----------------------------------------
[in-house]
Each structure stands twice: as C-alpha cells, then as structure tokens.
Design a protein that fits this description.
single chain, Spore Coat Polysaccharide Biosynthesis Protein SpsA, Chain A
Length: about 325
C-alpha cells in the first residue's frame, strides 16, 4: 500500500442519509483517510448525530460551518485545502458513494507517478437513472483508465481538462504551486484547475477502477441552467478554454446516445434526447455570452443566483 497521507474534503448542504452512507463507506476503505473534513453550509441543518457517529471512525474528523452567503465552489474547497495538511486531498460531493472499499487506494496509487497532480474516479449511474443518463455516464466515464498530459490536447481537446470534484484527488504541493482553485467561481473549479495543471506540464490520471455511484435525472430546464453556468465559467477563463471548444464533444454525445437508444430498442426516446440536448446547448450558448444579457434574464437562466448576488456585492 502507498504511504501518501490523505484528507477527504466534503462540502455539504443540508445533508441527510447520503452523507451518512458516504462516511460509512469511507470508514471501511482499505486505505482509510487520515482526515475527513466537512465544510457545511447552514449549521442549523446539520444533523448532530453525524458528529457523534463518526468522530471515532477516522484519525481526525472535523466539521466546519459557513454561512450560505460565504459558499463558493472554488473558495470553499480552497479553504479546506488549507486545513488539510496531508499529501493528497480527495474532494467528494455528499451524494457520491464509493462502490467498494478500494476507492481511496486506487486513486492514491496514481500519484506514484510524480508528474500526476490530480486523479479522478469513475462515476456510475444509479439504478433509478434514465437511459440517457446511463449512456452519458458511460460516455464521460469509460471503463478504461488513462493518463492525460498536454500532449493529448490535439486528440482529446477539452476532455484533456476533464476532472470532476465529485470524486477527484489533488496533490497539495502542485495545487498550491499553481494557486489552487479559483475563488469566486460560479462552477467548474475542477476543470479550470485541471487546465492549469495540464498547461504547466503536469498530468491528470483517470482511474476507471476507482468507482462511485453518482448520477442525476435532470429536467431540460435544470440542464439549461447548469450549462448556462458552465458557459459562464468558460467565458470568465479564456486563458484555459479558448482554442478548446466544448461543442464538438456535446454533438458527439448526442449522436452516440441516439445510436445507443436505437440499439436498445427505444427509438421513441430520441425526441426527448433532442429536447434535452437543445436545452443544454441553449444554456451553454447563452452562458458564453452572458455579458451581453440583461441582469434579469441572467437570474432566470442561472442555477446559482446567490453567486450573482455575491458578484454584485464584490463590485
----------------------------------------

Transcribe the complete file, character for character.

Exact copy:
[in-house]
Each structure stands twice: as C-alpha cells, then as structure tokens.
Design a protein that fits this description.
single chain, Spore Coat Polysaccharide Biosynthesis Protein SpsA, Chain A
Length: about 325
C-alpha cells in the first residue's frame, strides 16, 4: 500500500442519509483517510448525530460551518485545502458513494507517478437513472483508465481538462504551486484547475477502477441552467478554454446516445434526447455570452443566483 497521507474534503448542504452512507463507506476503505473534513453550509441543518457517529471512525474528523452567503465552489474547497495538511486531498460531493472499499487506494496509487497532480474516479449511474443518463455516464466515464498530459490536447481537446470534484484527488504541493482553485467561481473549479495543471506540464490520471455511484435525472430546464453556468465559467477563463471548444464533444454525445437508444430498442426516446440536448446547448450558448444579457434574464437562466448576488456585492 502507498504511504501518501490523505484528507477527504466534503462540502455539504443540508445533508441527510447520503452523507451518512458516504462516511460509512469511507470508514471501511482499505486505505482509510487520515482526515475527513466537512465544510457545511447552514449549521442549523446539520444533523448532530453525524458528529457523534463518526468522530471515532477516522484519525481526525472535523466539521466546519459557513454561512450560505460565504459558499463558493472554488473558495470553499480552497479553504479546506488549507486545513488539510496531508499529501493528497480527495474532494467528494455528499451524494457520491464509493462502490467498494478500494476507492481511496486506487486513486492514491496514481500519484506514484510524480508528474500526476490530480486523479479522478469513475462515476456510475444509479439504478433509478434514465437511459440517457446511463449512456452519458458511460460516455464521460469509460471503463478504461488513462493518463492525460498536454500532449493529448490535439486528440482529446477539452476532455484533456476533464476532472470532476465529485470524486477527484489533488496533490497539495502542485495545487498550491499553481494557486489552487479559483475563488469566486460560479462552477467548474475542477476543470479550470485541471487546465492549469495540464498547461504547466503536469498530468491528470483517470482511474476507471476507482468507482462511485453518482448520477442525476435532470429536467431540460435544470440542464439549461447548469450549462448556462458552465458557459459562464468558460467565458470568465479564456486563458484555459479558448482554442478548446466544448461543442464538438456535446454533438458527439448526442449522436452516440441516439445510436445507443436505437440499439436498445427505444427509438421513441430520441425526441426527448433532442429536447434535452437543445436545452443544454441553449444554456451553454447563452452562458458564453452572458455579458451581453440583461441582469434579469441572467437570474432566470442561472442555477446559482446567490453567486450573482455575491458578484454584485464584490463590485